It Happened To Me: I Blamed Myself For My Best Friend's Death

While his family sat around him sobbing uncontrollably, I sat there with a burning, swelling pit in my stomach. All of this was my fault.

Nov 28, 2012 at 11:00am | Leave a comment

On January 28th, 2010, at approximately 11:00am, I glanced down at my phone and was both surprised and peeved to see that my ex-boyfriend, Blake*, was calling me.

Ugh, WHY?! I whined internally as I pressed the ignore button. When he immediately rang again, my irritation turned to anger.

“What do you want, Blake?” I hissed into the phone, hand over my mouth so as to muffle my voice from my co-worker.

“Stephen’s* dead,” he blurted. 

The details of what took place in the hours following that phone call are cloudy, but I know that my mom had to come get me from work because I was too distraught to drive. She took me straight to the hospital where Stephen’s lifeless body was resting.

It felt like a dream -- well, nightmare. Foam bubbled out of his mouth, rejecting whatever toxic concoction was festering inside him. His eyes were open; his body was cold and ashen. While several of his family members and close friends sat around him sobbing uncontrollably, I sat there with a burning, swelling pit in my stomach.

All of this was my fault. 

Let me rewind: Stephen was my best friend. We technically met in the seventh grade, but we became close during our sophomore year of high school. We were the best friends who texted all day, every day. We ditched class to hang out at his house or “The Sac,” a secluded cul-de-sac near campus. We knew each other’s siblings and parents -- even grandparents. We were partners during the mandatory cat dissection in AP Anatomy. He even introduced me to Blake my senior year of high school and encouraged me to give him a chance. 

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Me and Stephen celebrating our seventeenth birthdays. We were born a day apart.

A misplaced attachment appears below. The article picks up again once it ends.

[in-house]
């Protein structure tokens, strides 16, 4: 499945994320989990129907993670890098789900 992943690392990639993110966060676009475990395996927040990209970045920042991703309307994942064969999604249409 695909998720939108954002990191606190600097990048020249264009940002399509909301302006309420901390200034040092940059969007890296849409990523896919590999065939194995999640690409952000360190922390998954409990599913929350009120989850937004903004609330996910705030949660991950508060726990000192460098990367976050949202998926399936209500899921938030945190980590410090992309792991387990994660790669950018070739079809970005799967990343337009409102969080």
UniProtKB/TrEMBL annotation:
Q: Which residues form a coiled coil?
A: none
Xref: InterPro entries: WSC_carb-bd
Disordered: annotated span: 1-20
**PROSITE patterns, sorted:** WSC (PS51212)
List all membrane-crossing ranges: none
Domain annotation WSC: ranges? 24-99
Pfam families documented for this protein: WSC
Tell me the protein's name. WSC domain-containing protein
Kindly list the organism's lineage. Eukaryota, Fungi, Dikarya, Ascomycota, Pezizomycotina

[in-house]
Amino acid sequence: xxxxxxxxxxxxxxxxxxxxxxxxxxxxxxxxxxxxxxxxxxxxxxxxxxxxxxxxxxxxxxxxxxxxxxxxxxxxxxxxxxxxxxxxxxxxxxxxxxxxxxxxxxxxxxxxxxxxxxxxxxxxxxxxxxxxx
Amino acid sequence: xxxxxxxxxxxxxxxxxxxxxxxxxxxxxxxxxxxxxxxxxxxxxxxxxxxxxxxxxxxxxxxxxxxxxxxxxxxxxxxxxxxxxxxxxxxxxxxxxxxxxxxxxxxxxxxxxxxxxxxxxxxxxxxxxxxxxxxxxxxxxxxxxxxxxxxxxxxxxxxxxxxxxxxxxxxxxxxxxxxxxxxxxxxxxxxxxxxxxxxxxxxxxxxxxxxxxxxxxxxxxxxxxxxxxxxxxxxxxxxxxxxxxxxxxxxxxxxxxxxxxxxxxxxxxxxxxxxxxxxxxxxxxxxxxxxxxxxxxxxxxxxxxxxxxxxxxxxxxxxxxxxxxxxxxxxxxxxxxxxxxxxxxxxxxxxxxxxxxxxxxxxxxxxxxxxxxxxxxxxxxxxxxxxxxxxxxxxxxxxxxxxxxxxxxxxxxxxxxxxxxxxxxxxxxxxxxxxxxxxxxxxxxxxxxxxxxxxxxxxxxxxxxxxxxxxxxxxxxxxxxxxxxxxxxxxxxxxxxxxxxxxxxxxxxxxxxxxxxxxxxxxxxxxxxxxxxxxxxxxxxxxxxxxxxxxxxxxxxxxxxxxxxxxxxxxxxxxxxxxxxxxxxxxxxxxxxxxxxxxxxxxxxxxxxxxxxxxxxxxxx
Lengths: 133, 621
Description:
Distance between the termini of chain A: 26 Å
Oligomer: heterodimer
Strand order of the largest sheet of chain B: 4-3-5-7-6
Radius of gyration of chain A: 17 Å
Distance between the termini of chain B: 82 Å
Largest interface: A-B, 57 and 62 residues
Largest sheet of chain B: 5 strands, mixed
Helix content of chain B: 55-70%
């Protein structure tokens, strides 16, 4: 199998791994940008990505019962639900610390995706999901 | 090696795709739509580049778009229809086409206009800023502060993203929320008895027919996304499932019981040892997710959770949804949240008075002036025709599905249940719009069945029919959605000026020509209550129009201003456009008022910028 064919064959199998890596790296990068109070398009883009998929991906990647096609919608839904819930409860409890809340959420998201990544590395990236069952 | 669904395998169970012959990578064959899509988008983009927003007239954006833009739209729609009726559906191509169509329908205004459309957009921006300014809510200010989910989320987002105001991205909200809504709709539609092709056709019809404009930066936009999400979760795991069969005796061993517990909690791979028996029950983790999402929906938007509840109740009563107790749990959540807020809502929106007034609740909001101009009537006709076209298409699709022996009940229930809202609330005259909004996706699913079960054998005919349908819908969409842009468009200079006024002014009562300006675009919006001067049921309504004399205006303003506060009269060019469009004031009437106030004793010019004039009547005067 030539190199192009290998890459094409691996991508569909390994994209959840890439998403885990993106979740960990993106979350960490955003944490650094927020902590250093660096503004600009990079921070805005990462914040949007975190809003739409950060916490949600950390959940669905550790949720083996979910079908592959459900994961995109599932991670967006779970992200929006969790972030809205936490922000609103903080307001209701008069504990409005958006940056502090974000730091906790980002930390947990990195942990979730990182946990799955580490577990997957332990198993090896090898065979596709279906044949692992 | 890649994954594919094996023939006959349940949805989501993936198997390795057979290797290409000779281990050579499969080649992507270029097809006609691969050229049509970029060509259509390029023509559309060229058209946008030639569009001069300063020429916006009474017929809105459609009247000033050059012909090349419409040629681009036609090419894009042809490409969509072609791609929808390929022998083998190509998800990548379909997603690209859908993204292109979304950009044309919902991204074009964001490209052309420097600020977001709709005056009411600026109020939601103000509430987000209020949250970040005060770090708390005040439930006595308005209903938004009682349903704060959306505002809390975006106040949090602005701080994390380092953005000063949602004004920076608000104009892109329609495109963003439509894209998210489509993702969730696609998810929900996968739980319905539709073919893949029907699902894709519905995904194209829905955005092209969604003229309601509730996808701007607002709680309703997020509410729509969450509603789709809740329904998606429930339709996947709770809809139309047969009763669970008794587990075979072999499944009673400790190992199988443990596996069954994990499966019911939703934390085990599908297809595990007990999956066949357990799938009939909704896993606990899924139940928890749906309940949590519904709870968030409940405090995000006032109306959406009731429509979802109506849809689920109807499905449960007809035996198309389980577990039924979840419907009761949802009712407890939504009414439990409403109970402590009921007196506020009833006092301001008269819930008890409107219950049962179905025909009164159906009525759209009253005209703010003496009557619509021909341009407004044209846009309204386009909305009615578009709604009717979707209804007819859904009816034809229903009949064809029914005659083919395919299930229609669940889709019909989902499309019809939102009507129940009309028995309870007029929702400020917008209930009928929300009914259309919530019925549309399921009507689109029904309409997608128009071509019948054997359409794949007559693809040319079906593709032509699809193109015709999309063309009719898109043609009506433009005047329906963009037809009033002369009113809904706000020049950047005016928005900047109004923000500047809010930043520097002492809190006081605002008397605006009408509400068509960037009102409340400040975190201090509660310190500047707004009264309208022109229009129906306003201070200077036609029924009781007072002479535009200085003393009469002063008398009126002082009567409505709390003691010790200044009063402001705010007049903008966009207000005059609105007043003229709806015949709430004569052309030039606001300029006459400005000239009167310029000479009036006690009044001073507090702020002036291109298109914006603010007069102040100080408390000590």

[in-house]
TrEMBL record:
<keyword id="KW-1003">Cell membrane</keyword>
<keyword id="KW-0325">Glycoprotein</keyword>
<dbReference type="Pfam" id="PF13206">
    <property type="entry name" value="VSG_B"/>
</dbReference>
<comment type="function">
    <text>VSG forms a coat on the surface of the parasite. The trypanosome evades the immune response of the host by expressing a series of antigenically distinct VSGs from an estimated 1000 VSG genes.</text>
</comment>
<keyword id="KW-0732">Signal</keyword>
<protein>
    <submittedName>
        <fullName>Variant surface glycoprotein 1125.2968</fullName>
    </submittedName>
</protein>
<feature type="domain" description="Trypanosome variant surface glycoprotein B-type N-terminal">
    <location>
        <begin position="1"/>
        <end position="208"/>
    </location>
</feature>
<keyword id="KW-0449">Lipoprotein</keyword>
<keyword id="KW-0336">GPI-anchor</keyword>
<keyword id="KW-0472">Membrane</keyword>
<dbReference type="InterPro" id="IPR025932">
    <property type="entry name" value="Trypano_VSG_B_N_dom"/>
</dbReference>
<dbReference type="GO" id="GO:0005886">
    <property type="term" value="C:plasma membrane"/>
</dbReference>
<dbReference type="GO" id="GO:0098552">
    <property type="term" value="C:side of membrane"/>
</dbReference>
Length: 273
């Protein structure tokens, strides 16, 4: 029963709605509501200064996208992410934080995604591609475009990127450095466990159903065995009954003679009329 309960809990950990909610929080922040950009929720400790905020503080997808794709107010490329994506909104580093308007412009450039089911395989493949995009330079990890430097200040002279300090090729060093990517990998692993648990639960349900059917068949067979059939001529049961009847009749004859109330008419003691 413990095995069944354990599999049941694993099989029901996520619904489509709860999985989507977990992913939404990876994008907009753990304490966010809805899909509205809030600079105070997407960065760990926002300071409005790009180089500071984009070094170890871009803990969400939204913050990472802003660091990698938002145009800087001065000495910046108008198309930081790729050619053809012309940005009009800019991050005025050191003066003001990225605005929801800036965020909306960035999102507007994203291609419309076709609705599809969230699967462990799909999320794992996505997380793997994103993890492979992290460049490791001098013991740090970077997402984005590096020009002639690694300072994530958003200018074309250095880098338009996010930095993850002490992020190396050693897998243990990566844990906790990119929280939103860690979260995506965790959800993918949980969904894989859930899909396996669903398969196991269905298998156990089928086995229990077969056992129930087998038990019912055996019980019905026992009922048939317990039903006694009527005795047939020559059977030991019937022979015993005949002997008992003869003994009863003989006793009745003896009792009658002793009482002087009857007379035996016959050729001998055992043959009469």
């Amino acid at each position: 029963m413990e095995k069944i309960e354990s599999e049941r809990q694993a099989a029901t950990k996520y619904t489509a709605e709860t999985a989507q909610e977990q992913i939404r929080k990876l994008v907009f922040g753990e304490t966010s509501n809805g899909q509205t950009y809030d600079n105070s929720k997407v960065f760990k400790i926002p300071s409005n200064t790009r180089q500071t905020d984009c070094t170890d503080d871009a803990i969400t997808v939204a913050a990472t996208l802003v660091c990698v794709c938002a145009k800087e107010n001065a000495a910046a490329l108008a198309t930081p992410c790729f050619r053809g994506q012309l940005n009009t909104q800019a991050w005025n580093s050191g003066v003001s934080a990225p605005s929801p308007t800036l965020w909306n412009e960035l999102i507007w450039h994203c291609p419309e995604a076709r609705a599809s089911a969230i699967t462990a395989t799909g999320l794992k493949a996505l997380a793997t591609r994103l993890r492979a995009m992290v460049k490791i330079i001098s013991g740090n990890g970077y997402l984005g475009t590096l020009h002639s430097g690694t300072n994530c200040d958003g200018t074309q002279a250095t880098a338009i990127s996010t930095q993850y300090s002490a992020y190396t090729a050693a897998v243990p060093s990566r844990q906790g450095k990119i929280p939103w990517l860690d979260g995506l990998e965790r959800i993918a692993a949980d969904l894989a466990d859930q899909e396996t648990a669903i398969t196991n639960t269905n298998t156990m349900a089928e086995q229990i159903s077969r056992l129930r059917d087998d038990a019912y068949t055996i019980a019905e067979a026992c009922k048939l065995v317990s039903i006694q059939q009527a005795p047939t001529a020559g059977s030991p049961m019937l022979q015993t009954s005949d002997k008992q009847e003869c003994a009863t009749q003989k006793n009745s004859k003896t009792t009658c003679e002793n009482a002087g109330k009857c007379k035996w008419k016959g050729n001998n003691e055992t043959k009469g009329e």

Most people, including our parents but especially Blake, thought that Stephen and I were secretly in love. Stephen did admit to having feelings for me early in our friendship, but I told him I didn’t feel the same way, and he insisted we not let them interfere with our friendship.

Looking back, maybe I did feel the same way. His blend of sensitivity, “unconventional” interests (at 16, I wasn’t aware that being up on current events isn’t actually unconventional), and ability to make me snort-laugh made him different than anyone I had ever met.

However, despite all of his amazing qualities, Stephen did have a dark, wet cloud hanging over his head. 

He battled substance abuse for the duration of our friendship, and while there were times I looked the other way, deep down I knew the entire time. On the several occasions that I did address my concerns, he looked me straight in the eyes and insisted that he had everything under control. He appreciated my concern, but he had been clean for weeks. I wanted to believe him.

As time went on, I never saw him seemingly out of control, so I started to believe that maybe he really had been able to put his dangerous addiction behind him. We graduated from high school and he went to a university out-of-state, while I stayed close to home. We communicated as much as we could, but it was hard to maintain the kind of all-consuming friendship that we once had. Naturally, we began to drift.

Then, one night somewhat out of the blue, he called and told me that he had been jumped on the way back to his dorm. Instinctively, I began the jumbled sequence of, “Areyouokay?! Whodidit?! Isanythingbroken?!” He assured me that he was shaken up, but physically okay.

Then he told me he was coming home from school for good. I was shocked. I tried to talk him out of it, but he said his dad was already en route to help him pack.

Once Stephen was back, things remained different between us. He had a girlfriend, I had a boyfriend (still Blake), and neither of them was fond of our friendship. We still talked and met in secret from time to time, but while we both missed each other and the way things used to be, it was a lot of effort to lie to our partners.

Things continued this way for months, until I was sexually assaulted by a mutual friend (yes, friend) of ours. It took everything in me to come forward, and when I did, many people who I thought cared about me did not believe me -- including Blake. Stephen was one of the few people who were truly there for me. Despite the awful circumstances, it felt so good to have him back in my life.